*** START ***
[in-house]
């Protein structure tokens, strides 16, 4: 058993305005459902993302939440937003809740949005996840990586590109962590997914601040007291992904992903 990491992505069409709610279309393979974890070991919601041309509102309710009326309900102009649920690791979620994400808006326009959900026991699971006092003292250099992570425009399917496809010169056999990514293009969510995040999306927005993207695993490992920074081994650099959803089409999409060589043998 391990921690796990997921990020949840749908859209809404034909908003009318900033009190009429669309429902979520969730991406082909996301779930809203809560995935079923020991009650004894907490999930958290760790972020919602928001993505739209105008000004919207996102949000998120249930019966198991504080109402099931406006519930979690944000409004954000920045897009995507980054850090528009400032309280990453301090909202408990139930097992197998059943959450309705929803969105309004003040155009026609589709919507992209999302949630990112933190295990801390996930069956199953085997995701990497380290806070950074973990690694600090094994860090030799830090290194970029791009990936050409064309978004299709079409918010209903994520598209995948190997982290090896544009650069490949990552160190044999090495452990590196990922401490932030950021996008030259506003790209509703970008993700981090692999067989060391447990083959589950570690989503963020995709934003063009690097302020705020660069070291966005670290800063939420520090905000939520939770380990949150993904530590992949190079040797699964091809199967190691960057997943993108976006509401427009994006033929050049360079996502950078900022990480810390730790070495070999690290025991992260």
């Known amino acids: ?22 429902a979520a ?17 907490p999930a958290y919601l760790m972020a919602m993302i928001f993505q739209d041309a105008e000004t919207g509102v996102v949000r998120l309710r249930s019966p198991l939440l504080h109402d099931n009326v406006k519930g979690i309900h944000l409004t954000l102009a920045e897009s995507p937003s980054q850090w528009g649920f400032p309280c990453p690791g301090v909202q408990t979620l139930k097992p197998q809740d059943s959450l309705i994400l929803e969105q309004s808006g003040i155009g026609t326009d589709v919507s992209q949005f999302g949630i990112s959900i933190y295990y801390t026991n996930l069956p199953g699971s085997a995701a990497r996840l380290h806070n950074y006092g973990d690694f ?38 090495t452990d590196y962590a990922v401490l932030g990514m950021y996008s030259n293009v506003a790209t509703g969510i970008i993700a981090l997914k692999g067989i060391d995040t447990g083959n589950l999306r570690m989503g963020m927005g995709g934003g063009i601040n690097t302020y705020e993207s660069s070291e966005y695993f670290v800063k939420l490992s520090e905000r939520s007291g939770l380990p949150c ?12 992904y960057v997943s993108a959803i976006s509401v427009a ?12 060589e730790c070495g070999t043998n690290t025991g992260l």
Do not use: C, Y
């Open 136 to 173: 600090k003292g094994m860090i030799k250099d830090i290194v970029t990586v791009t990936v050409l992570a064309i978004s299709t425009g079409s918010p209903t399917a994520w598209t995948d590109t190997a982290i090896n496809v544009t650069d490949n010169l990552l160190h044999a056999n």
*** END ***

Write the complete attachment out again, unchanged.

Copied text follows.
[in-house]
């Protein structure tokens, strides 16, 4: 058993305005459902993302939440937003809740949005996840990586590109962590997914601040007291992904992903 990491992505069409709610279309393979974890070991919601041309509102309710009326309900102009649920690791979620994400808006326009959900026991699971006092003292250099992570425009399917496809010169056999990514293009969510995040999306927005993207695993490992920074081994650099959803089409999409060589043998 391990921690796990997921990020949840749908859209809404034909908003009318900033009190009429669309429902979520969730991406082909996301779930809203809560995935079923020991009650004894907490999930958290760790972020919602928001993505739209105008000004919207996102949000998120249930019966198991504080109402099931406006519930979690944000409004954000920045897009995507980054850090528009400032309280990453301090909202408990139930097992197998059943959450309705929803969105309004003040155009026609589709919507992209999302949630990112933190295990801390996930069956199953085997995701990497380290806070950074973990690694600090094994860090030799830090290194970029791009990936050409064309978004299709079409918010209903994520598209995948190997982290090896544009650069490949990552160190044999090495452990590196990922401490932030950021996008030259506003790209509703970008993700981090692999067989060391447990083959589950570690989503963020995709934003063009690097302020705020660069070291966005670290800063939420520090905000939520939770380990949150993904530590992949190079040797699964091809199967190691960057997943993108976006509401427009994006033929050049360079996502950078900022990480810390730790070495070999690290025991992260």
């Known amino acids: ?22 429902a979520a ?17 907490p999930a958290y919601l760790m972020a919602m993302i928001f993505q739209d041309a105008e000004t919207g509102v996102v949000r998120l309710r249930s019966p198991l939440l504080h109402d099931n009326v406006k519930g979690i309900h944000l409004t954000l102009a920045e897009s995507p937003s980054q850090w528009g649920f400032p309280c990453p690791g301090v909202q408990t979620l139930k097992p197998q809740d059943s959450l309705i994400l929803e969105q309004s808006g003040i155009g026609t326009d589709v919507s992209q949005f999302g949630i990112s959900i933190y295990y801390t026991n996930l069956p199953g699971s085997a995701a990497r996840l380290h806070n950074y006092g973990d690694f ?38 090495t452990d590196y962590a990922v401490l932030g990514m950021y996008s030259n293009v506003a790209t509703g969510i970008i993700a981090l997914k692999g067989i060391d995040t447990g083959n589950l999306r570690m989503g963020m927005g995709g934003g063009i601040n690097t302020y705020e993207s660069s070291e966005y695993f670290v800063k939420l490992s520090e905000r939520s007291g939770l380990p949150c ?12 992904y960057v997943s993108a959803i976006s509401v427009a ?12 060589e730790c070495g070999t043998n690290t025991g992260l």
Do not use: C, Y
């Open 136 to 173: 600090k003292g094994m860090i030799k250099d830090i290194v970029t990586v791009t990936v050409l992570a064309i978004s299709t425009g079409s918010p209903t399917a994520w598209t995948d590109t190997a982290i090896n496809v544009t650069d490949n010169l990552l160190h044999a056999n």